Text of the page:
- The Washington Times - Sunday, December 11, 2011


Army finally showed up in body as well as in spirit for Saturday’s annual extravaganza against Navy, and the Black Knights’ 27-21 defeat at FedEx Field could have been considered a moral victory after nine consecutive double-digit losses in the series. But we all know what moral victories are worth, so football remains a nasty word on the Plain of West Point. Or should be anyway.

What in the name of Glenn Davis and Doc Blanchard (R.I.P.) is wrong with Army’s program? True, the academy doesn’t admit academically challenged jocks, which obviously restricts the talent flow. Yet Navy, operating under the same restrictions, has managed to build an always respectable and often excellent program.

Consider: Over the past nine seasons, Navy’s record is 75-40, Army’s 30-78. Enough said.

During the early aughts, Navy was about as pathetic as Army is now, i.e. 3-30 from 2000 through 2002. But in the years since, coaches Paul Johnson (42-20 from 2003 to 2007) and Ken Niumatalolo (32-21 since) have turned matters around dramatically.

Perhaps the answer lies in continuity, a word valued highly in sports. Since 2000, no fewer than five coaches have moaned low at Army: Todd Berry (5-36 from 2000 to ‘03), John Mumford (0-6 in 2003), Bobby Ross (9-25 from 2004 to ‘06), Stan Brock (14-21 from 2006 to ‘08) and Rich Ellerson (15-22 since 2009).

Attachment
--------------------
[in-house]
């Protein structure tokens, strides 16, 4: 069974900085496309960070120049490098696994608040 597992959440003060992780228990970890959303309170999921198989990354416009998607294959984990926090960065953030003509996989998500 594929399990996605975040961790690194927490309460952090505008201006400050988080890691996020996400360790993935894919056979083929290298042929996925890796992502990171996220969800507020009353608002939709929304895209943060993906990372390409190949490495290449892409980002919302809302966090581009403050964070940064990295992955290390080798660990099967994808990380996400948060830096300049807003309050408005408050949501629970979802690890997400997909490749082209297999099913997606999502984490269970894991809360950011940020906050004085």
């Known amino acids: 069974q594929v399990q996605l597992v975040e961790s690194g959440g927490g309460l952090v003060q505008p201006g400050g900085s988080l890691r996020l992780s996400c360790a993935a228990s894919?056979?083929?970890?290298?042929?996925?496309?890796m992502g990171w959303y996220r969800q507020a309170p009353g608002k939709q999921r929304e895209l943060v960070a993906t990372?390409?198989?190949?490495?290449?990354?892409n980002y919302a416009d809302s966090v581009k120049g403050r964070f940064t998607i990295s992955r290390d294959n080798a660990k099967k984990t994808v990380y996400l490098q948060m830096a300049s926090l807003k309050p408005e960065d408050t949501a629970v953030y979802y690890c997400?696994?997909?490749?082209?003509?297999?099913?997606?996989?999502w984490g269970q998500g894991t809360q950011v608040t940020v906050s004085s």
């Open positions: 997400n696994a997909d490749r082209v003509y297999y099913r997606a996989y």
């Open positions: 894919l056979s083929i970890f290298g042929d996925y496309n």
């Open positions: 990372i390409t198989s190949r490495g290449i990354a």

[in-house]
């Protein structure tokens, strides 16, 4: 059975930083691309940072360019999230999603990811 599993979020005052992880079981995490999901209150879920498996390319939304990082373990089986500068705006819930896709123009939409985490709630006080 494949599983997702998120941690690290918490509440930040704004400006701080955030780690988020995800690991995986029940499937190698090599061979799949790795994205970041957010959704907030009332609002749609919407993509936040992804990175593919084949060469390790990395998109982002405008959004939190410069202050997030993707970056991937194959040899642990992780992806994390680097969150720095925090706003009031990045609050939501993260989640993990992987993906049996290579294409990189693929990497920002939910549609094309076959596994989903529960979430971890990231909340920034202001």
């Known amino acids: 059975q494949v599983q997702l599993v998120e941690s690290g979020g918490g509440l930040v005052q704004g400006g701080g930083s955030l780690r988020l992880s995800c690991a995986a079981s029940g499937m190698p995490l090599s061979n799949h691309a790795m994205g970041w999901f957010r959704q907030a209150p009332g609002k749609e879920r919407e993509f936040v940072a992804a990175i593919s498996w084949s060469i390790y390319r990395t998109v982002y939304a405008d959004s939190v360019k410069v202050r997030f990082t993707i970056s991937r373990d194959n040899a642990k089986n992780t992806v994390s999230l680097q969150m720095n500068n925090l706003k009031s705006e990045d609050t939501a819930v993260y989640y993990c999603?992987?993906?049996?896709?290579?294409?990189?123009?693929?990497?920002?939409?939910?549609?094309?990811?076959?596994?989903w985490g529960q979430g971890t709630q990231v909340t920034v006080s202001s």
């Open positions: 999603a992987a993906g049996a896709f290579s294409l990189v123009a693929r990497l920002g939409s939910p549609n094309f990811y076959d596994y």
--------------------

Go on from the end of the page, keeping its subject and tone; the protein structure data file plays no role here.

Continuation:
Surely Earl “Red” Blaik, the most famous and most successful of all Army coaches (121-33-10 from 1941 to 1958), must be muttering and sputtering as he tramps along that great sideline in the sky.

Not even Ross, a proven winner at Maryland, Georgia Tech and in the NFL, was able to turn around gridiron affairs at the Point. Things have gotten so bad for Army that even Navy’s Niumatalolo sympathizes.

“Of course we want to beat them every time because that’s the nature of the sport,” he said Sunday. “But, yeah, I do feel for those guys at Army because I know how hard they work. Unfortunately, somebody has to lose [and better the other guys than you].”

Army coach Ellerson is 58 and probably feels like he’s 158. The Black Knights made significant progress a year ago, improving from 5-7 to 7-6 and beating SMU in the famous Bell Helicopter Armed Forces Bowl. Yet this season, Army slunk right back into the football dumpster at 3-9.

“Our team played really hard, Our team competed really well,” Ellerson said Saturday after his troops blew a decent chance to beat Navy.

You’ll notice he didn’t say the Black Knights played well.

So the question lingers: Why are two service academies with similar personnel situations and standards on such dissimilar football paths? And will the lopsided nature of recent confrontations cause “America’s Game” to lose luster in years to come?

“I don’t know what’s happened up the street at Army,” said Mids athletic director Chet Gladchuk. “But at Navy, the academy has a commitment to its physical mission, not just in football but in all 32 varsity sports and intramurals. And as far as the Army-Navy football game is concerned, nothing will ever take the luster off that - no matter if Navy wins 10 or 20 in a row or Army wins 30.”

Hopefully, he’s right, because the Army-Navy game is what Niumatalolo calls “not just the greatest rivalry in college football but the greatest rivalry in sports.”

Yet I can’t help recalling the message of a hit song back in the ‘50s, when this was a rivalry competitively as well as traditionally.

It takes two to tango.

For more of the author’s columns, go to dickheller.wordpress.com

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